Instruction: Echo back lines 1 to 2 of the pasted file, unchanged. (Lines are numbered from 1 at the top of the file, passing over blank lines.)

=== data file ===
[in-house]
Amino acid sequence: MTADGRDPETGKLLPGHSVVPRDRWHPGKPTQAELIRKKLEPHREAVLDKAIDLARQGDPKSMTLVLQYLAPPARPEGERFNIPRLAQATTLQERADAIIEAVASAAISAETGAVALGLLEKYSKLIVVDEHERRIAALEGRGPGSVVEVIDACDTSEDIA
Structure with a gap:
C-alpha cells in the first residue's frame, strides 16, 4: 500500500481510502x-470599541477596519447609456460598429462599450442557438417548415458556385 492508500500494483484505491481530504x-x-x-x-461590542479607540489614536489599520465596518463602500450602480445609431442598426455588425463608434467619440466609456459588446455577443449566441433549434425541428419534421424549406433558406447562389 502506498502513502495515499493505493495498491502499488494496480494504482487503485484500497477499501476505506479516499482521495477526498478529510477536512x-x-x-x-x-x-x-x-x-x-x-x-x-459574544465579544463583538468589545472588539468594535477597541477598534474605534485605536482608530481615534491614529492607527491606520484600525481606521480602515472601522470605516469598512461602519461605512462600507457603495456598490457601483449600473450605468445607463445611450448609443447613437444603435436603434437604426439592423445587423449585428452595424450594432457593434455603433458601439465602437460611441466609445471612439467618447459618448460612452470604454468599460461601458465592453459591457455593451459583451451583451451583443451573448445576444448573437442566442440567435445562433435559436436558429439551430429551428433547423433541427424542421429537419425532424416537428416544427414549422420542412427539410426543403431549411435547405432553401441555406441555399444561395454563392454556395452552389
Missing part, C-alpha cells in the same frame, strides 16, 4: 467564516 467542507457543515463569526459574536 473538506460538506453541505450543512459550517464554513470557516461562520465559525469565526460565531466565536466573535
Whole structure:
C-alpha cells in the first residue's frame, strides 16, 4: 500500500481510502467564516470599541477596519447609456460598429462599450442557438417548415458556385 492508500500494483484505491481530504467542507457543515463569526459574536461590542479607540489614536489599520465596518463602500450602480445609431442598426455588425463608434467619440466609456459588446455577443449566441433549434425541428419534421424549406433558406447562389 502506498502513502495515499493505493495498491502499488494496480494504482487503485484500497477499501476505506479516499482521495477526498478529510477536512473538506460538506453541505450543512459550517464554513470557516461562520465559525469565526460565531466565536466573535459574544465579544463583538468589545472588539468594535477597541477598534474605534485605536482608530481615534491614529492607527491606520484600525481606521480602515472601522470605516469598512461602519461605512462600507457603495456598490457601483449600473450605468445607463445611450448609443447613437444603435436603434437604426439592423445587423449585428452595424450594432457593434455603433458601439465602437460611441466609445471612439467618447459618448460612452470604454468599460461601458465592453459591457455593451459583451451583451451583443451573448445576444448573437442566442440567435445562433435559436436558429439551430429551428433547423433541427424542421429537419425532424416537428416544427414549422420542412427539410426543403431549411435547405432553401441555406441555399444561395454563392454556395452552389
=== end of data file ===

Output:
[in-house]
Amino acid sequence: MTADGRDPETGKLLPGHSVVPRDRWHPGKPTQAELIRKKLEPHREAVLDKAIDLARQGDPKSMTLVLQYLAPPARPEGERFNIPRLAQATTLQERADAIIEAVASAAISAETGAVALGLLEKYSKLIVVDEHERRIAALEGRGPGSVVEVIDACDTSEDIA